ON-Lion Letter
The 2007 Bradley Prize recipients' acceptance remarks, delivered during a celebratory ceremony on May 3 at The John F. Kennedy Center for the Performing Arts in Washington, D.C., reflected the principles and determination of the honorees.   

At times very funny, at other times quite serious, the five recipients were each grateful to be given the Prizes, thanked those who helped them achieve that which the honors recognize, and inspired others to similarly dedicate themselves to furthering the principles promoted by them.

Edited transcripts of their acceptance remarks are all now available online.

In Prize recipient John R. Bolton's remarks, the former U.S. Ambassador to the United Nations said, "On many occasions, during this and prior Administrations, knowingly and willfully, I have committed acts of conservatism.  It gets worse.  I enjoyed every minute of it."

Bolton concluded on a serious note, though, by imploring, "We must find ways to avoid the seduction of the permanent bureaucracy; to remind appointees that fighting bureaucratic turf fights is not why conservative Presidents are elected; and above all, to make their government service philosophically productive."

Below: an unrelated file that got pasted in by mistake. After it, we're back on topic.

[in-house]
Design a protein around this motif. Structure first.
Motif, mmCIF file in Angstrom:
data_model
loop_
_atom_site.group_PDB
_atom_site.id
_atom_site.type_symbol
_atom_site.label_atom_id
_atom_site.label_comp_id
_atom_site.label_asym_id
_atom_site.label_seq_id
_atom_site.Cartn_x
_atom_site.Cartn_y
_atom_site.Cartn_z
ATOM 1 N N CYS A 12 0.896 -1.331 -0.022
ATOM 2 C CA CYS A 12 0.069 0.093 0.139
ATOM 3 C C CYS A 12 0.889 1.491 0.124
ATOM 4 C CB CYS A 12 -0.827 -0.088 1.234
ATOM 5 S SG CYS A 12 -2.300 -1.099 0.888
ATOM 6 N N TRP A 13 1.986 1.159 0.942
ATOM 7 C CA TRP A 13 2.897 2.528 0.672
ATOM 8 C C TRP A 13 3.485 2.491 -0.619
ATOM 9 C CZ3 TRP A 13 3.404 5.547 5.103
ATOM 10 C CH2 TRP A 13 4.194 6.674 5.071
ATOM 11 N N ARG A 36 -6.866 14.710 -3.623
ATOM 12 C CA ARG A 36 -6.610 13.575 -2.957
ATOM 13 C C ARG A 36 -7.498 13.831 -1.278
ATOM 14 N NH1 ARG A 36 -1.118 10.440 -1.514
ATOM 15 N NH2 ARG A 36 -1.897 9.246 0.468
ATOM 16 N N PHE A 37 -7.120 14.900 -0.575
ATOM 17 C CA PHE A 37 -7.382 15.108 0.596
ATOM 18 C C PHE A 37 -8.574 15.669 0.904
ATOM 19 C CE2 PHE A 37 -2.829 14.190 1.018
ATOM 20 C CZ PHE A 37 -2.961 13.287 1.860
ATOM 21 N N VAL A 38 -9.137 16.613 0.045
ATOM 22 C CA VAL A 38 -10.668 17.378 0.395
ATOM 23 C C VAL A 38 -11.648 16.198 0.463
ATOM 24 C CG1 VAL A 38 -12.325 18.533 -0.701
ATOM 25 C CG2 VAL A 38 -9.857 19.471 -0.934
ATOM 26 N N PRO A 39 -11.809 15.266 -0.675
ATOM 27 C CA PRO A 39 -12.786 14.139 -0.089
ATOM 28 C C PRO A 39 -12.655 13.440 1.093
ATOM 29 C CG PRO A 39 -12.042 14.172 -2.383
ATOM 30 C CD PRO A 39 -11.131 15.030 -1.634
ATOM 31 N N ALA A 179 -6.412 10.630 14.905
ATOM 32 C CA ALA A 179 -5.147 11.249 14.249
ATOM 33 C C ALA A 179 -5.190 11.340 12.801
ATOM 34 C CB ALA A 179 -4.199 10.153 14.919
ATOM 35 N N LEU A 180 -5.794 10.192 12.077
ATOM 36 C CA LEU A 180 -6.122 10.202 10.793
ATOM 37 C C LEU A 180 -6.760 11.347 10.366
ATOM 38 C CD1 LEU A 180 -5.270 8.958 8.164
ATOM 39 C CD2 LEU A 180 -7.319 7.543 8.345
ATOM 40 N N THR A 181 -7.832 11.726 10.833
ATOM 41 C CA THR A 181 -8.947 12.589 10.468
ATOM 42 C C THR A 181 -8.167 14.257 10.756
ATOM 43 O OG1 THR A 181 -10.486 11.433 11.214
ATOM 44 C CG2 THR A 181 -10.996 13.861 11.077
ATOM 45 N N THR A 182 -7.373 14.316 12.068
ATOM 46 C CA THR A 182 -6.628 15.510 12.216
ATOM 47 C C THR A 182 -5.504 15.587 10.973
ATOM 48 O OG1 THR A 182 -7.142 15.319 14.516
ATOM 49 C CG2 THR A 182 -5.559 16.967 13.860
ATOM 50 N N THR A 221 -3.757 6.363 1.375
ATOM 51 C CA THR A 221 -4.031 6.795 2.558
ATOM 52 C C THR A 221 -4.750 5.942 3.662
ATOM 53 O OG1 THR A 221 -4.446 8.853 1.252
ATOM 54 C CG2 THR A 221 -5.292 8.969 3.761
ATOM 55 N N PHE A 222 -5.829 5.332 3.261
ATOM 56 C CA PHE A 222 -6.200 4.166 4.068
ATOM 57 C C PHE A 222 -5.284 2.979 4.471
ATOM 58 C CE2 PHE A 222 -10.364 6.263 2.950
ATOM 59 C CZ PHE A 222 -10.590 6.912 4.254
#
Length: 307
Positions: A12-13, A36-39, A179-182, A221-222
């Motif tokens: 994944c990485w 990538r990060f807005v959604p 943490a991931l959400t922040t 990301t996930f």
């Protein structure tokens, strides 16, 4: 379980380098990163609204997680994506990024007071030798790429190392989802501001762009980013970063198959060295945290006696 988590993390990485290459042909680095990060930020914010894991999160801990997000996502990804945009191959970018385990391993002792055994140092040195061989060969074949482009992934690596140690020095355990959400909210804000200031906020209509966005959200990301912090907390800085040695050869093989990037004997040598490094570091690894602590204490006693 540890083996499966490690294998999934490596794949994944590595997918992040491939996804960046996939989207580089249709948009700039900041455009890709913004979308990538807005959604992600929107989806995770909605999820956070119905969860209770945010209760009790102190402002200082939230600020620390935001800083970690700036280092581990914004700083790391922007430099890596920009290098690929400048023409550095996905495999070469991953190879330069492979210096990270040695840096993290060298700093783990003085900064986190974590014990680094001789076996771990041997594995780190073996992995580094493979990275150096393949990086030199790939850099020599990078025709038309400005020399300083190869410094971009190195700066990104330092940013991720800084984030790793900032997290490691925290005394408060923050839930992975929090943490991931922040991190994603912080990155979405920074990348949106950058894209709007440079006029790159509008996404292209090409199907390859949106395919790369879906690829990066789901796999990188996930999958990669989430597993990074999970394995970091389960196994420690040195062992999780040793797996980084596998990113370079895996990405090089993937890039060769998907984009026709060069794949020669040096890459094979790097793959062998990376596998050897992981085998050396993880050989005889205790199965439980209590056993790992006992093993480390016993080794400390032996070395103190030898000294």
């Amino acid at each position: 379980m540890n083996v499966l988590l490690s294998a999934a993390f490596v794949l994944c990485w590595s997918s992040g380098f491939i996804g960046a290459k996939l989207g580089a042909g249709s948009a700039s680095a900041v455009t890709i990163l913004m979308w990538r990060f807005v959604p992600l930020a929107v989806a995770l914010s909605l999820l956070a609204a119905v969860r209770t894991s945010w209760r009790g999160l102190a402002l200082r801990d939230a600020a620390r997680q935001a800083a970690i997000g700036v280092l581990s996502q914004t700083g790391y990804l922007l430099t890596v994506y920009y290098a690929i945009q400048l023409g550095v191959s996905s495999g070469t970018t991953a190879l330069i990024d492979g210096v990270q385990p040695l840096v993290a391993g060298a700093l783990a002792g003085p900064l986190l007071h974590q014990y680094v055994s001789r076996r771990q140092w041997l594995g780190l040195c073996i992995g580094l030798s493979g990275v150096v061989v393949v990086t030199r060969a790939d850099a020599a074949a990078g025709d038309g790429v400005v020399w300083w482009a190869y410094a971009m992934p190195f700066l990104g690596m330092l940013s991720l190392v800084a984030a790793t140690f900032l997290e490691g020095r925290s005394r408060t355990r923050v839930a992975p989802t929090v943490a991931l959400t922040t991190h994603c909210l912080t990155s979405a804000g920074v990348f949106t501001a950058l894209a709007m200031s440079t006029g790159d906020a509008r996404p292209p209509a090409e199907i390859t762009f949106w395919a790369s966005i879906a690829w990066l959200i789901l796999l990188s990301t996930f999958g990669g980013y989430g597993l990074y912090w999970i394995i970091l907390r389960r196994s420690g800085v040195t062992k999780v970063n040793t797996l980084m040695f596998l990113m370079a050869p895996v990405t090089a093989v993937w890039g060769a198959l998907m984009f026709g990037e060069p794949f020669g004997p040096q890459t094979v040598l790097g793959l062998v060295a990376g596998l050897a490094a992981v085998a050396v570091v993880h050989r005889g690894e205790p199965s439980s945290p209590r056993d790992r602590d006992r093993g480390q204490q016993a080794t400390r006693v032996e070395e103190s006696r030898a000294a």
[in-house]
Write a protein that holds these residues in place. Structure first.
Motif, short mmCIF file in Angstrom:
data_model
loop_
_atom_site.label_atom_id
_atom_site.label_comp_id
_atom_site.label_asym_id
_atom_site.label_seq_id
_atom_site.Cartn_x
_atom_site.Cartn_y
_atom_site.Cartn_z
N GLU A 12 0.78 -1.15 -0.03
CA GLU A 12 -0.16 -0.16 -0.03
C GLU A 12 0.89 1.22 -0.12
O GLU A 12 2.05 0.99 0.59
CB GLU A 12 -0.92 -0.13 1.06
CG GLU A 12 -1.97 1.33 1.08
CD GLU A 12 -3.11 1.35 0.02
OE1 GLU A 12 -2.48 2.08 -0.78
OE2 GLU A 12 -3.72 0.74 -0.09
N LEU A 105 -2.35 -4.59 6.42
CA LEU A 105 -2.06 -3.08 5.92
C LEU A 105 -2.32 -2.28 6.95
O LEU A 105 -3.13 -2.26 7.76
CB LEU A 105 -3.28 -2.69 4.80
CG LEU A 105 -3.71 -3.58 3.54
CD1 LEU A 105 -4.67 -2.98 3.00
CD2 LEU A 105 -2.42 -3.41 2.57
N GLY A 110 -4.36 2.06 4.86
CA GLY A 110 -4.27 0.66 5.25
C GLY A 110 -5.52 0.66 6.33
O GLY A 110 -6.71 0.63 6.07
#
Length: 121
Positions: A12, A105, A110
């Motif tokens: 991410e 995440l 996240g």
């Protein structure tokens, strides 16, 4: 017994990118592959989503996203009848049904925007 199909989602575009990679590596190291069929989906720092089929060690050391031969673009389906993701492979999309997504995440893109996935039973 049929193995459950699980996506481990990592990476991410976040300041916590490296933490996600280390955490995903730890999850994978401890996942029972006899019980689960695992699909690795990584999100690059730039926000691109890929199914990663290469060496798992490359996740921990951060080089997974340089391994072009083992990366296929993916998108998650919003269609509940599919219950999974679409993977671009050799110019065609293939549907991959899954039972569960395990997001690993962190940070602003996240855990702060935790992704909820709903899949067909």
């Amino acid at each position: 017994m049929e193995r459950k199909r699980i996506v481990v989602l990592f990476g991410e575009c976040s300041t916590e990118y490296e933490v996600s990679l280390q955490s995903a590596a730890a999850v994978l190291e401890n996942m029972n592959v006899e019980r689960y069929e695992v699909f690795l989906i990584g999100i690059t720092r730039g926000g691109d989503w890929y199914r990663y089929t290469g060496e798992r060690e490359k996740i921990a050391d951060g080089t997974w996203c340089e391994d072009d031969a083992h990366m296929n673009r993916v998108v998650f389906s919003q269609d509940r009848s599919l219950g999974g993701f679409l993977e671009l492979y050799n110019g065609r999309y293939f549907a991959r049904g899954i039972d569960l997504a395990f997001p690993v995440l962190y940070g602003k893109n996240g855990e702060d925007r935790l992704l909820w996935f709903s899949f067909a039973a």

Economist Martin Feldstein, in his remarks, recounted the "unprecedented revolution in economic thinking and practice" since he took his first economics class at Harvard College 50 years ago, most prominently including the end of communism in the Soviet Union and China.  "It is important to continue to make progress," Feldstein urged, "in strengthening incentives and in revising government policies that would otherwise raise tax rates and reduce the growth of real incomes."

In her time at the podium, Prize recipient and civil-rights scholar Abigail Thernstrom recalled her and her husband Stephan's ideological journey from left to right and said, "People often say to us, you are so courageous.  That's nonsense.  We say what we believe because that's what intellectual are supposed to do, a point much of the conformist academy can't seem to remember. ...

"Why is intellectual combat so scary?  Indeed," she continued, "what' so terrifying about standing alone if you are standing by your convictions."

In his time, Harvard historian Stephan Thernstrom then added that without "the first left-leaning phase of my intellectual journey, ... I probably would never have pursued the subject of my first two books, social class and social mobility in American history.  I derived worthwhile research questions from the Marxist literature, although the evidence that I assembled led me to distinctly un-Marxist conclusions.  America is, and always has been, a country of great opportunity ...."

Social scientist James Q. Wilson offered some insightful observations about the state of the academy, the polarization of politics, and the blessings of philanthropy in America in his remarks.  Wilson fittingly capped the evening by saying, "I'm optimistic about the future of this country -- optimistic on behalf of my children and my grandchildren."
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